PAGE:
United States District Court, N.D. Georgia, Atlanta Division
STEPHANIE D. VAUGHN, Plaintiff,
AETNA LIFE INSURANCE COMPANY, Defendant.
OPINION AND ORDER
WILLIAM S. DUFFEY, JR. UNITED STATES DISTRICT JUDGE
matter is before the Court on Defendant Aetna Life Insurance
Company's (“Aetna”) Motion for Judgment on
the Administrative Record  and Plaintiff Stephanie D.
Vaughn's (“Ms. Vaughn” or
“Plaintiff”) Motion for Summary Judgment .
Also before the Court is Aetna's Motion for Leave to File
Under Seal  and Aetna's Motion for Oral Argument
regarding its Motion for Judgment on the Administrative
Stephanie Vaughn is the daughter of Mr. James Sheffield,
deceased, and the named beneficiary of his life insurance
policy. Mr. Sheffield was an employee of Lafarge North
America Inc. (“Lafarge”) from 1980 until February
5, 2010, when he left his employment due to a disability. Mr.
Sheffield, while employed, participated in an employee
welfare benefit plan (the “Plan”) sponsored by
Lafarge. The Plan includes long term disability
(“LTD”) benefits and death benefits under a basic
and supplemental life insurance program. Mr. Sheffield died
on October 24, 2012. This action is a dispute regarding
Aetna's denial of benefits to Plaintiff for supplemental
life insurance coverage (“Supplemental Life”)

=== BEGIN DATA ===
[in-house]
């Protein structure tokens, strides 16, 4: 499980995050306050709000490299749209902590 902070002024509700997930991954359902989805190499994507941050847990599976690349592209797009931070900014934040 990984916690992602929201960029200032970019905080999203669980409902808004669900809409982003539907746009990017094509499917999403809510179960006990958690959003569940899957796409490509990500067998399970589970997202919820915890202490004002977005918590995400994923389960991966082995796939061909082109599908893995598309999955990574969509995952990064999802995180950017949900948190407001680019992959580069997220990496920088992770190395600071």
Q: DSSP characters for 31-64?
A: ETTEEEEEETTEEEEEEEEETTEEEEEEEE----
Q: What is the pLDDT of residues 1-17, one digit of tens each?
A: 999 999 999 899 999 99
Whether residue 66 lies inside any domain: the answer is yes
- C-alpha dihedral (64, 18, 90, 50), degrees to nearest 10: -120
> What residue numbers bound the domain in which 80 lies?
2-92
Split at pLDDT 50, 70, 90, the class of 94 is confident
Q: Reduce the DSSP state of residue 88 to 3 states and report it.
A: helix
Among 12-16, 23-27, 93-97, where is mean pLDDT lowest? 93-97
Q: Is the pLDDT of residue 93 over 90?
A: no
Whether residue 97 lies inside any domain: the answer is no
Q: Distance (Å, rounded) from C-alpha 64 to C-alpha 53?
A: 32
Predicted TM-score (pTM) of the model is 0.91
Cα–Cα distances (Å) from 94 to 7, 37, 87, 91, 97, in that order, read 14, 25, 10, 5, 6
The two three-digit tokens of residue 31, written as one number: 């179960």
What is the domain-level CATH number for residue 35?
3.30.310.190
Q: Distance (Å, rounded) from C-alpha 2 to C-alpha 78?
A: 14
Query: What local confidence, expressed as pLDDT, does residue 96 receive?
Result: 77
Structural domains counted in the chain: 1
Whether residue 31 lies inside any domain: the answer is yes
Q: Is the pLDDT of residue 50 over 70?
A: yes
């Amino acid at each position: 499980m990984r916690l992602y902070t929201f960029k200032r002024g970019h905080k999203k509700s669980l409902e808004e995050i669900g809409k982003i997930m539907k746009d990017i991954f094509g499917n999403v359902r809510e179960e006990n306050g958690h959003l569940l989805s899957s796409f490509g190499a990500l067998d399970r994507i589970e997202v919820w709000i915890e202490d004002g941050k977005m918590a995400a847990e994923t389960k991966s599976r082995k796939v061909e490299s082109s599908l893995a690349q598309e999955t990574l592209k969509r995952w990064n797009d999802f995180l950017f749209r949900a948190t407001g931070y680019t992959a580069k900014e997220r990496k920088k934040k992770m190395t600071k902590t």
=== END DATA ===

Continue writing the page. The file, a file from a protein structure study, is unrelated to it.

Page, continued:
under the Plan. There is no dispute regarding Mr.
Sheffield's LTD and basic life insurance benefits. Aetna
was the Plan administrator for Supplemental Life coverage
under the Plan.
The Plan and Death Benefits
Plan provided Basic and Supplemental Life to Mr. Sheffield,
funded by the Group Life and Accident and Health Insurance
Policy No. GP-885600, issued by Aetna to Lafarge.
(Administrative Record  (“AR”) at 000297).
The Basic Life insurance (“Basic Life”) provided
benefits equal to 200% of the employee's basic annual
earnings at the time of death, rounded up to the next $1,
000. (AR000250). The Plan provided that benefits generally
terminate on the last day of the month during which the
employee ceases active work. (AR000236). The Plan allowed
Basic Life coverage to continue after the employee ceased
active work if Lafarge determined that the employee became
“totally and permanently disabled” while insured
and Lafarge continued premium payments. Mr. Sheffield
qualified for this extension, and Aetna paid the $130, 000
Basic Life benefit to Plaintiff when he died. Benefits under
the Basic Life coverage are not at issue in this
Plan also provided Supplemental Life coverage.
(AR000250). It is this coverage that is at issue in
this case. Under the Supplemental Life coverage provisions,
Supplemental Life coverage premium payments are waived if the
employee is determined to be totally and permanently
disabled, as that term is defined in the Plan (the
“Waiver of Premium”). Whether an employee is
“totally and permanently disabled” is a decision
required to be made by Aetna. The Waiver of Premium provision